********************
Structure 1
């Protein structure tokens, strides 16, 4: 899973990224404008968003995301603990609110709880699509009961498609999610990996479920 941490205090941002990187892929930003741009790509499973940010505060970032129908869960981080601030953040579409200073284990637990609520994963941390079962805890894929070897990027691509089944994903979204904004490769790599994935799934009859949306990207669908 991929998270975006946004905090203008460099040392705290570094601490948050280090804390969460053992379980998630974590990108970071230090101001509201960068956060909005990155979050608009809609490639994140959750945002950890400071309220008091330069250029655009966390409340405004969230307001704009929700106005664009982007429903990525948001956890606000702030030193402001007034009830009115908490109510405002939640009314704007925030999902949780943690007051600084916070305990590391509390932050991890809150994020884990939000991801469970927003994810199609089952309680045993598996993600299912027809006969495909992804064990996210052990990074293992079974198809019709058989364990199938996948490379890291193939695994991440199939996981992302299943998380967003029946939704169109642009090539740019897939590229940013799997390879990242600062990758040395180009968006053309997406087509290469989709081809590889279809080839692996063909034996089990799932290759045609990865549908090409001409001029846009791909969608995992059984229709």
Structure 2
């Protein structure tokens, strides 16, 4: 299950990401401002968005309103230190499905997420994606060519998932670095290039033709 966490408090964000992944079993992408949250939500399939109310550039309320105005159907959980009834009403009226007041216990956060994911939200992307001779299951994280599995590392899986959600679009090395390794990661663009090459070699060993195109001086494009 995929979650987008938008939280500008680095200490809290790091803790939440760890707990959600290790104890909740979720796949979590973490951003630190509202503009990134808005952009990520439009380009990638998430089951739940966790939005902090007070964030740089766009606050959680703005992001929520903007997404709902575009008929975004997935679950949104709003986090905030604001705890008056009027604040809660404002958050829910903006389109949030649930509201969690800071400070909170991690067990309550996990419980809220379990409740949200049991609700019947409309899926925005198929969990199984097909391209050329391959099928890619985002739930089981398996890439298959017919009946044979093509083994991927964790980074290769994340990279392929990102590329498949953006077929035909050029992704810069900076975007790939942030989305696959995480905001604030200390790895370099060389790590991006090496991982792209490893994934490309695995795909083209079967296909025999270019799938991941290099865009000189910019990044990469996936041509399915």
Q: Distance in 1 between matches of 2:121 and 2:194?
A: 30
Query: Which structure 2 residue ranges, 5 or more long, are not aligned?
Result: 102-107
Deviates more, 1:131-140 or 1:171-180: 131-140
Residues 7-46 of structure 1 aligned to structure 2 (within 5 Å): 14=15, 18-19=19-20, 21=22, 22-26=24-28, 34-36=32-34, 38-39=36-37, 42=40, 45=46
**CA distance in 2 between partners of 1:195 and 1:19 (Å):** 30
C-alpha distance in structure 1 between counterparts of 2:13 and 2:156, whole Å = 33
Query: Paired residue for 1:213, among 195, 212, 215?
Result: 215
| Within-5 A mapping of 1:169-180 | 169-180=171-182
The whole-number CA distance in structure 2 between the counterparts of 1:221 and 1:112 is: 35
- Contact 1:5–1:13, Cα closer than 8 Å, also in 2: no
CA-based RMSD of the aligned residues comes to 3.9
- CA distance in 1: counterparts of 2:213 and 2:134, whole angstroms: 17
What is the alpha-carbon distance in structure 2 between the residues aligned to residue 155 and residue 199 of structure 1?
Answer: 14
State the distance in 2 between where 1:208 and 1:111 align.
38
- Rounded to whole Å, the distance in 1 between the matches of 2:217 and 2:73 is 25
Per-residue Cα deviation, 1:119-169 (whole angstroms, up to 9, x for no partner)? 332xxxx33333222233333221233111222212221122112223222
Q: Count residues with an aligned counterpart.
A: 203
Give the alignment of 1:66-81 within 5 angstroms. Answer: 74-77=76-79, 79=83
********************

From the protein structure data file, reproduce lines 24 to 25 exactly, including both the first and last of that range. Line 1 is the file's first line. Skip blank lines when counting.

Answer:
- Rounded to whole Å, the distance in 1 between the matches of 2:217 and 2:73 is 25
Per-residue Cα deviation, 1:119-169 (whole angstroms, up to 9, x for no partner)? 332xxxx33333222233333221233111222212221122112223222